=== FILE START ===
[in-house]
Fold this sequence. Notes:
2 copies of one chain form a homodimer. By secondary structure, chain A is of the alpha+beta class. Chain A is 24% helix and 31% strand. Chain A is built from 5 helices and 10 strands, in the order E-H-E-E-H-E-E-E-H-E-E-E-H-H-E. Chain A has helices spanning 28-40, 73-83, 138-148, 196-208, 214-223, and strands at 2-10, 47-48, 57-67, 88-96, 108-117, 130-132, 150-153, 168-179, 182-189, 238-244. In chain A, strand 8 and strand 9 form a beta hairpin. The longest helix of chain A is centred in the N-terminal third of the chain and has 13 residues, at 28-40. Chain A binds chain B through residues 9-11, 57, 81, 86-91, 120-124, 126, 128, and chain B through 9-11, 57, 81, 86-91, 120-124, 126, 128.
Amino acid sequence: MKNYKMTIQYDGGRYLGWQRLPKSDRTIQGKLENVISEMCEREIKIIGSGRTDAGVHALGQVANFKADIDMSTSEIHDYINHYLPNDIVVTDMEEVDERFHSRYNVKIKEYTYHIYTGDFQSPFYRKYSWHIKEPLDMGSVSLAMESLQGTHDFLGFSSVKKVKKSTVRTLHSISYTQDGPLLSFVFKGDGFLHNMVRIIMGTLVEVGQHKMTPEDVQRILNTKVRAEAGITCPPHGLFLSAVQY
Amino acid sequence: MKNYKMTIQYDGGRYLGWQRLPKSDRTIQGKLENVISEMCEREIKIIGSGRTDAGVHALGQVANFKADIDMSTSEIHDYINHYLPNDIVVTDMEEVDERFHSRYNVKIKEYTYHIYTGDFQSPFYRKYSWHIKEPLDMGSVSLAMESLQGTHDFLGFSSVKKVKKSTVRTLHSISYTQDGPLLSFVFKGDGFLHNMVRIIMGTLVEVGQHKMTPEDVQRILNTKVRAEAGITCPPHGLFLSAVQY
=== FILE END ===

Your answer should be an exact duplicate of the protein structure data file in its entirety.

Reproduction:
[in-house]
Fold this sequence. Notes:
2 copies of one chain form a homodimer. By secondary structure, chain A is of the alpha+beta class. Chain A is 24% helix and 31% strand. Chain A is built from 5 helices and 10 strands, in the order E-H-E-E-H-E-E-E-H-E-E-E-H-H-E. Chain A has helices spanning 28-40, 73-83, 138-148, 196-208, 214-223, and strands at 2-10, 47-48, 57-67, 88-96, 108-117, 130-132, 150-153, 168-179, 182-189, 238-244. In chain A, strand 8 and strand 9 form a beta hairpin. The longest helix of chain A is centred in the N-terminal third of the chain and has 13 residues, at 28-40. Chain A binds chain B through residues 9-11, 57, 81, 86-91, 120-124, 126, 128, and chain B through 9-11, 57, 81, 86-91, 120-124, 126, 128.
Amino acid sequence: MKNYKMTIQYDGGRYLGWQRLPKSDRTIQGKLENVISEMCEREIKIIGSGRTDAGVHALGQVANFKADIDMSTSEIHDYINHYLPNDIVVTDMEEVDERFHSRYNVKIKEYTYHIYTGDFQSPFYRKYSWHIKEPLDMGSVSLAMESLQGTHDFLGFSSVKKVKKSTVRTLHSISYTQDGPLLSFVFKGDGFLHNMVRIIMGTLVEVGQHKMTPEDVQRILNTKVRAEAGITCPPHGLFLSAVQY
Amino acid sequence: MKNYKMTIQYDGGRYLGWQRLPKSDRTIQGKLENVISEMCEREIKIIGSGRTDAGVHALGQVANFKADIDMSTSEIHDYINHYLPNDIVVTDMEEVDERFHSRYNVKIKEYTYHIYTGDFQSPFYRKYSWHIKEPLDMGSVSLAMESLQGTHDFLGFSSVKKVKKSTVRTLHSISYTQDGPLLSFVFKGDGFLHNMVRIIMGTLVEVGQHKMTPEDVQRILNTKVRAEAGITCPPHGLFLSAVQY